Why The Carolina Panthers Can't Run The Ball

Matthew GilmartinSenior Analyst IOctober 14, 2008

Everyone knows that the Carolina Panthers love to run the ball.  It’s always been head coach John Fox’s offensive philosophy.  He’s preached this run-first attitude ever since he joined the Panthers in 2002.   This season they’ve run the ball 181 times, ranking fourth in the league.  They also rank seventh in the league in rush attempts per game at 30.2 carries per contest. 

This wouldn’t be such a problem if they were actually good at running the ball, but they rank 27th in the NFL in yards per carry.  The Panthers usually start their first possession of each game with two rushing plays right up the middle.  If it’s third-and-short after that, chances are they’ll run again.  If it’s third-and-long, they usually throw.  But by then it’s too late and the defense is playing the pass. 

This is the reason why their offense has been near the bottom of the NFL since 2003.  Their offensive play-calling is way too predictable.  Opposing teams always know exactly what the Panthers will do—run, run, run.  They know that Carolina refuses to pass except on third-and-long and in other various culled spots throughout the game.  They need to adjust something. 

Head coach John Fox will tell you that stats are for losers.  However, one can’t help but notice incompetency in the Panthers’ run offense when considering the stats above. 

This season I’ve watched the Panthers stubbornly, adamantly stick to the run in every game.  It worked in the San Diego game.  Running backs Jonathan Stewart and DeAngelo Williams combined for 139 yards.  It also worked in the Bears game; Stewart rushed for two touchdowns as he led the offense to a comeback win.  The other time the run offense truly paid great dividends was against the Chiefs; DeAngelo Williams rushed for 123 yards and two touchdowns.

But the Chargers underestimated us.  Stewart’s powerful running style was a perfect fit for the Bears’ defense after Williams got them used to a light, speedy back in the first half.  The Chiefs just suck.  Anybody could run for 100 yards against them.

On the other hand, the Vikings and Bucs completely stuffed our rush offense.  The Falcons did an average job of stopping our run. 

The point is: We can only run on bad teams.  Why?

Coordinator Jeff Davidson doesn’t know how to balance his play-calling tendencies between the run and pass.  The stats will show you that the play-calling is perfectly balanced.  The number of rush attempts to the number of pass attempts per game is 30.2:30.2—a ratio of 1:1.  A perfect balance.  But these stats are misleading.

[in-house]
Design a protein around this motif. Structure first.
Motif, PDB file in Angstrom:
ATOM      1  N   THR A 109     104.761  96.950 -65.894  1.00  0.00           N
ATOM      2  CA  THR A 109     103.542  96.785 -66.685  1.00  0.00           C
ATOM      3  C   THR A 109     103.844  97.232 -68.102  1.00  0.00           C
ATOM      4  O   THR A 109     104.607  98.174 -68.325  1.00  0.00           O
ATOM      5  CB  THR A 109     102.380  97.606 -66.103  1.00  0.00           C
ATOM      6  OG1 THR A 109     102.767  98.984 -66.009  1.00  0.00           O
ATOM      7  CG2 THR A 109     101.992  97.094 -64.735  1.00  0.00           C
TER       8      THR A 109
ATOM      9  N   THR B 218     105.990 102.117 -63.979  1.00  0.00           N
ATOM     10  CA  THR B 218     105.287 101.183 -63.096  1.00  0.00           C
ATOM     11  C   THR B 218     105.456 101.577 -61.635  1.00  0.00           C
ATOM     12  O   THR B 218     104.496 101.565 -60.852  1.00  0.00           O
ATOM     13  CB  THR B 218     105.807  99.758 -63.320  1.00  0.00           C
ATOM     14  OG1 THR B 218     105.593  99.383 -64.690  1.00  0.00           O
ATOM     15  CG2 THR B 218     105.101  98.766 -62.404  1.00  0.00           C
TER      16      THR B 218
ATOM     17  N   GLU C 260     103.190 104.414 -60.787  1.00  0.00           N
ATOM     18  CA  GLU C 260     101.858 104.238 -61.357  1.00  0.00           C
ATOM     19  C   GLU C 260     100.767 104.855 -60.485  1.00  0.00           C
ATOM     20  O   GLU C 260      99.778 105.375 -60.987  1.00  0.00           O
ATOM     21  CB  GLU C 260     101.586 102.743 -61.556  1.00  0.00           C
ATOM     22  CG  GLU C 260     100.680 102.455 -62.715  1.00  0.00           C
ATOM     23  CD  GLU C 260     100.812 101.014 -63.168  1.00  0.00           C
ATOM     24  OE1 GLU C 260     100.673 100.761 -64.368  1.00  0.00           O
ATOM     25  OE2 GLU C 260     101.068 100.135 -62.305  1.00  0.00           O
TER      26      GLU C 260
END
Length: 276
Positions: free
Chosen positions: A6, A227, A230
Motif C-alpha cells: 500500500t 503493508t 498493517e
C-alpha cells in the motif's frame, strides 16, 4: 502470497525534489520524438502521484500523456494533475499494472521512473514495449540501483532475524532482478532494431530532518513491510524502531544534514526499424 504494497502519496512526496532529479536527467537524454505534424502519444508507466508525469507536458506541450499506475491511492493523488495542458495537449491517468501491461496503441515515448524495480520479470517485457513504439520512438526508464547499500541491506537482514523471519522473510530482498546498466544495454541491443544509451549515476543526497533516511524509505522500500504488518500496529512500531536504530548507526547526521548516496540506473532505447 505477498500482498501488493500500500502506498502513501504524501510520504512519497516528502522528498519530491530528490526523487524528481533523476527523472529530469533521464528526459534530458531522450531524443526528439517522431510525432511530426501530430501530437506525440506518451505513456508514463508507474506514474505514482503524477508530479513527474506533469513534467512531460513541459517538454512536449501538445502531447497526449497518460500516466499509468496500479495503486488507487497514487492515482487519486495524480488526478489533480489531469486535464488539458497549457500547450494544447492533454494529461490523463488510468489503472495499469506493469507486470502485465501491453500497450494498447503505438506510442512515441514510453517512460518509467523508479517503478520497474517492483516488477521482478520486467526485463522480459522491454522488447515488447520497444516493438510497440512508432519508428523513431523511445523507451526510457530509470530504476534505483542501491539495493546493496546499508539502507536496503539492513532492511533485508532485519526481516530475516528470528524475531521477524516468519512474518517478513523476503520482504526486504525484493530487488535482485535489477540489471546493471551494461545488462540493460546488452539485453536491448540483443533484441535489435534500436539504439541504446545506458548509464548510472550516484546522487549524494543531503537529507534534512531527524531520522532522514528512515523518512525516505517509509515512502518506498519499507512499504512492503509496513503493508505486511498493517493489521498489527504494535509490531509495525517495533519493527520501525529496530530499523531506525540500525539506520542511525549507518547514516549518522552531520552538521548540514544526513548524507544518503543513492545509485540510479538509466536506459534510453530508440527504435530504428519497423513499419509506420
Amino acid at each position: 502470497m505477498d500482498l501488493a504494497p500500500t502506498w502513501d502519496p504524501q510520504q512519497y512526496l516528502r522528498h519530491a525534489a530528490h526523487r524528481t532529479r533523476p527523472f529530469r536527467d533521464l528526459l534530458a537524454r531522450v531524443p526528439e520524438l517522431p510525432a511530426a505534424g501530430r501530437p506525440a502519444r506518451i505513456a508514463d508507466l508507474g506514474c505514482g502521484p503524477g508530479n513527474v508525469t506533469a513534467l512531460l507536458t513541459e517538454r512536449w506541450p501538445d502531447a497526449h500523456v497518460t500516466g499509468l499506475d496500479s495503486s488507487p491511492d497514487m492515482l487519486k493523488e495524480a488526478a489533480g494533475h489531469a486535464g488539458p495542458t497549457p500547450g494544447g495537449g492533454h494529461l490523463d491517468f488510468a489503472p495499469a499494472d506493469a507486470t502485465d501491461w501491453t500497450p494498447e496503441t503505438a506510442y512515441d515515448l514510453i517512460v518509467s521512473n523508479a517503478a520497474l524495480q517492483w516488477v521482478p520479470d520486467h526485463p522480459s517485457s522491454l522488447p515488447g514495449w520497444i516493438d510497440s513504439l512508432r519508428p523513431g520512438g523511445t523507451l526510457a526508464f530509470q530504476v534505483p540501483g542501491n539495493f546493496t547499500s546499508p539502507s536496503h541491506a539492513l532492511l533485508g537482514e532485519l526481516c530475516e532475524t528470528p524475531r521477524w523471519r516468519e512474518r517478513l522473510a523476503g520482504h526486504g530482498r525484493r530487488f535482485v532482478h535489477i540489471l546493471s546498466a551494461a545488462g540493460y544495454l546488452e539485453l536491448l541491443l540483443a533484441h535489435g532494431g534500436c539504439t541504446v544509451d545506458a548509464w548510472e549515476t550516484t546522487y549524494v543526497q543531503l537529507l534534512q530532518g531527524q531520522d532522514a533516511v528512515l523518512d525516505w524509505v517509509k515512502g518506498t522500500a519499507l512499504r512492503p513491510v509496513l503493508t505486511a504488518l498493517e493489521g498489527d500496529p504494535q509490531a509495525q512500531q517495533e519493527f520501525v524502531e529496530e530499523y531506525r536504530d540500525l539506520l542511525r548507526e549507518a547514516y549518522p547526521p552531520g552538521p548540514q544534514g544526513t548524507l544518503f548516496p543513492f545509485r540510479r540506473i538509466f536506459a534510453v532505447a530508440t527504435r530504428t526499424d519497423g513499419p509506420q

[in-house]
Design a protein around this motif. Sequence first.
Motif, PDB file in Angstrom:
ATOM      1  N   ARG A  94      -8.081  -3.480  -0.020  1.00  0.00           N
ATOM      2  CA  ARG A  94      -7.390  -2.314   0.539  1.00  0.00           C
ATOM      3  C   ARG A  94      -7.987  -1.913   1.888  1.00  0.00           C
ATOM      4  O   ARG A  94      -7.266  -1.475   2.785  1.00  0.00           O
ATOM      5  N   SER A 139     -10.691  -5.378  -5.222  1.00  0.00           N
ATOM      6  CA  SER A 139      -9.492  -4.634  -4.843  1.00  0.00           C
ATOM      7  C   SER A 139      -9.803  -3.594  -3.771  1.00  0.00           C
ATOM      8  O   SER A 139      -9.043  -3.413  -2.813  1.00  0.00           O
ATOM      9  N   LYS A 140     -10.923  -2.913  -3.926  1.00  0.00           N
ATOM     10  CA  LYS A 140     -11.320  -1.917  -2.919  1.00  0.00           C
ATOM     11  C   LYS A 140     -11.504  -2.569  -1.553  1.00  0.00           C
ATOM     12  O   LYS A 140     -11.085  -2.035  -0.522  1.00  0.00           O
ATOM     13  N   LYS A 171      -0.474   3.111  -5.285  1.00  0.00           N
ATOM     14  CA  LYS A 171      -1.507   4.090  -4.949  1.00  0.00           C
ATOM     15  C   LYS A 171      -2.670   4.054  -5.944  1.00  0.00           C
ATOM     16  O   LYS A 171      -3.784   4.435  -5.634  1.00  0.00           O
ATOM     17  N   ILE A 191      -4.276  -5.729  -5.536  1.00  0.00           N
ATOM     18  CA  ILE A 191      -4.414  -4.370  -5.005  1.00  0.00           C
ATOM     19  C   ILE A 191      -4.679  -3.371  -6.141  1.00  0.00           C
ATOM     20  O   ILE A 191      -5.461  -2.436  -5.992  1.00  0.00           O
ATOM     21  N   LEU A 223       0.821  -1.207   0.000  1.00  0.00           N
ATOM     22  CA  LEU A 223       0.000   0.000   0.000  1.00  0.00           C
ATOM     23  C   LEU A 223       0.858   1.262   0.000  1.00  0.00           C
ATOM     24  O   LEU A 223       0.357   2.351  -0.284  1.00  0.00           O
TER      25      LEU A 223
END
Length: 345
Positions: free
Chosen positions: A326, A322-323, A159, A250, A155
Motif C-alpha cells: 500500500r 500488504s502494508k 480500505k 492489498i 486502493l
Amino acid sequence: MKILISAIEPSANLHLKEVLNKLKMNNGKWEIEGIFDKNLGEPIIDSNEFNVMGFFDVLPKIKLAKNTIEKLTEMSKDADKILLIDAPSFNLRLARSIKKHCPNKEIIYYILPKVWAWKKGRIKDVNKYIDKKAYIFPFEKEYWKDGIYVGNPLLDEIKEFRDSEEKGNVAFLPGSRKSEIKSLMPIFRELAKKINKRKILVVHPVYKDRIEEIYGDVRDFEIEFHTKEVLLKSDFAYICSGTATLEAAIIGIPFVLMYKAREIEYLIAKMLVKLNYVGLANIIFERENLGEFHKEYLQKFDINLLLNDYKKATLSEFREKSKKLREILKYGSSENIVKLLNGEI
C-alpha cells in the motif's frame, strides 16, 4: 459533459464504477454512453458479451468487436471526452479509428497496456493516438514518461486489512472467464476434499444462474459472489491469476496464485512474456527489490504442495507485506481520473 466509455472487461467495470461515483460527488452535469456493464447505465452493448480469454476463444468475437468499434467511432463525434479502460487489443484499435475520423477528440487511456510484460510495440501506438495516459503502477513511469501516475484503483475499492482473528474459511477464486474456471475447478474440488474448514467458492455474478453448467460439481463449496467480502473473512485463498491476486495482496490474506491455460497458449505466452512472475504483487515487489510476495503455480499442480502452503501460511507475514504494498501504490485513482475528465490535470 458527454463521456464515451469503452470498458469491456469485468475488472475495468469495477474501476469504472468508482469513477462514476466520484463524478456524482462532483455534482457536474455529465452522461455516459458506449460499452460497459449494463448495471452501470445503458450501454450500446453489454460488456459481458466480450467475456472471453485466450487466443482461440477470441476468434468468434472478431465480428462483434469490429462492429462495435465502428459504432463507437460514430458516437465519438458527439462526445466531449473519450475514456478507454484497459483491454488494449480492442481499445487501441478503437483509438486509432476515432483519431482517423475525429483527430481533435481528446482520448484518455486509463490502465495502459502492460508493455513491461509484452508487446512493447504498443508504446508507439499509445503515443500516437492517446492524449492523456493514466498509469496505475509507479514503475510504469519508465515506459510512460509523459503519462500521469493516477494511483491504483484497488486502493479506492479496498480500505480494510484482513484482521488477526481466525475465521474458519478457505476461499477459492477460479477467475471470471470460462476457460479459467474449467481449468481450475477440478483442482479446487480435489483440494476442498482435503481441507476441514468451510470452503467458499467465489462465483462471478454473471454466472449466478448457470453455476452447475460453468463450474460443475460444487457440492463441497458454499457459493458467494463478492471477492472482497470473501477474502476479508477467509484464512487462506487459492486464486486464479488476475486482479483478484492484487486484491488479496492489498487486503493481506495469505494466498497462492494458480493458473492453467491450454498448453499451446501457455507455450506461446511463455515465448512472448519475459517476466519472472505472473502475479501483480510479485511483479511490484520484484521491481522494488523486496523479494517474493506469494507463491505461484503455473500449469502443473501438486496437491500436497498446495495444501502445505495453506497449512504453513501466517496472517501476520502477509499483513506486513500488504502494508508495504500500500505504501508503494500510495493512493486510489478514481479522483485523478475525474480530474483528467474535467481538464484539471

The rush attempts-to-pass attempts ratio is distorted because there have been pass-heavy games and there have been rush-heavy games.  But there are definitely more of the latter. 

Meanwhile, another element in the stagnancy of the Panthers’ run offense is the fact that Williams often gets misused, just as DeShaun Foster was when he played for Carolina.  His number frequently gets called for runs up the middle.  I don’t understand why. 

Inside runs don’t fit his running style.  Williams likes those outside runs where he can use his speed to blow by the defense and his elusiveness to squeeze out those last couple of yards for a first down.          

Stewart, with his hulking 5’10”, 235-pound frame, is made for the kind of inside runs the Panthers always like to start each game with (this is also why Stewart should be starting, even if Williams is better—which I don’t think he is).  Plus he has the breakaway speed to outrun defenders after he breaks a few tackles. One doesn’t need to look any further than the Week Two Bears game to see what he can do.

Last but not least, the retooled offensive line has been hit hard by injuries this year.  Three of the Panthers’ starting offensive linemen have been forced to sit out at least one game this season due to injury.  At least one has sat out at least two straight games at some point. 

The Panthers have had to cobble together a makeshift offensive line for most of their games this season.  That definitely hurts the offense, and the run game in particular.    

If the Panthers want to run on the better teams in the remainder of their schedule, they have to stop misusing their running backs, learn how to balance the offensive play-calling better, and get healthy on the offensive line. 

Honestly, it’s no wonder the Panthers’ run offense has been inconsistent this season.